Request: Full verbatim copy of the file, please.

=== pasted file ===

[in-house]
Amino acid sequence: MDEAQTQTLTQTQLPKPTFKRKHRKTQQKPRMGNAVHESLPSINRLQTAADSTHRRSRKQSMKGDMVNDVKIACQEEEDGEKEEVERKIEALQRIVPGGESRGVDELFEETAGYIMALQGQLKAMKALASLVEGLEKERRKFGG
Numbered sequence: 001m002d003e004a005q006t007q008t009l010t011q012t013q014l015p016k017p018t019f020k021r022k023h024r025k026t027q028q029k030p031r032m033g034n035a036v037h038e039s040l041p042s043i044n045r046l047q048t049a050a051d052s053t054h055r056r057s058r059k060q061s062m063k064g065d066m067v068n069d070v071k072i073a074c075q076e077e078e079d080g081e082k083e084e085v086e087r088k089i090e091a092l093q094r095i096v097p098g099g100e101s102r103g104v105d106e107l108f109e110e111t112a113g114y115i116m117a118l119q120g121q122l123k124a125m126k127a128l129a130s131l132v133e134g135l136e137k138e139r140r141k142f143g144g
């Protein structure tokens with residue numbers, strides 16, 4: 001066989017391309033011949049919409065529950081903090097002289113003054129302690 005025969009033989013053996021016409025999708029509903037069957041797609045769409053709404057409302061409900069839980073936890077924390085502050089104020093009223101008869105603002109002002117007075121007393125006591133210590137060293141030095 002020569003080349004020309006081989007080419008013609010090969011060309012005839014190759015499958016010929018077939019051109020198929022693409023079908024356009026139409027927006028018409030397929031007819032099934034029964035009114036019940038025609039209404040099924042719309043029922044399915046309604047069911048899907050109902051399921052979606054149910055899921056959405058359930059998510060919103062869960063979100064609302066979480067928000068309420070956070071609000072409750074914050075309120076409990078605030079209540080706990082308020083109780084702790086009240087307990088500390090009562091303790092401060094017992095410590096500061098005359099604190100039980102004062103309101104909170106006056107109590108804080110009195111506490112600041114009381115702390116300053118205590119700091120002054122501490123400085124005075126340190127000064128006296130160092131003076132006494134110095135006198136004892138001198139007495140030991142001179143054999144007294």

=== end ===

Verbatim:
[in-house]
Amino acid sequence: MDEAQTQTLTQTQLPKPTFKRKHRKTQQKPRMGNAVHESLPSINRLQTAADSTHRRSRKQSMKGDMVNDVKIACQEEEDGEKEEVERKIEALQRIVPGGESRGVDELFEETAGYIMALQGQLKAMKALASLVEGLEKERRKFGG
Numbered sequence: 001m002d003e004a005q006t007q008t009l010t011q012t013q014l015p016k017p018t019f020k021r022k023h024r025k026t027q028q029k030p031r032m033g034n035a036v037h038e039s040l041p042s043i044n045r046l047q048t049a050a051d052s053t054h055r056r057s058r059k060q061s062m063k064g065d066m067v068n069d070v071k072i073a074c075q076e077e078e079d080g081e082k083e084e085v086e087r088k089i090e091a092l093q094r095i096v097p098g099g100e101s102r103g104v105d106e107l108f109e110e111t112a113g114y115i116m117a118l119q120g121q122l123k124a125m126k127a128l129a130s131l132v133e134g135l136e137k138e139r140r141k142f143g144g
């Protein structure tokens with residue numbers, strides 16, 4: 001066989017391309033011949049919409065529950081903090097002289113003054129302690 005025969009033989013053996021016409025999708029509903037069957041797609045769409053709404057409302061409900069839980073936890077924390085502050089104020093009223101008869105603002109002002117007075121007393125006591133210590137060293141030095 002020569003080349004020309006081989007080419008013609010090969011060309012005839014190759015499958016010929018077939019051109020198929022693409023079908024356009026139409027927006028018409030397929031007819032099934034029964035009114036019940038025609039209404040099924042719309043029922044399915046309604047069911048899907050109902051399921052979606054149910055899921056959405058359930059998510060919103062869960063979100064609302066979480067928000068309420070956070071609000072409750074914050075309120076409990078605030079209540080706990082308020083109780084702790086009240087307990088500390090009562091303790092401060094017992095410590096500061098005359099604190100039980102004062103309101104909170106006056107109590108804080110009195111506490112600041114009381115702390116300053118205590119700091120002054122501490123400085124005075126340190127000064128006296130160092131003076132006494134110095135006198136004892138001198139007495140030991142001179143054999144007294």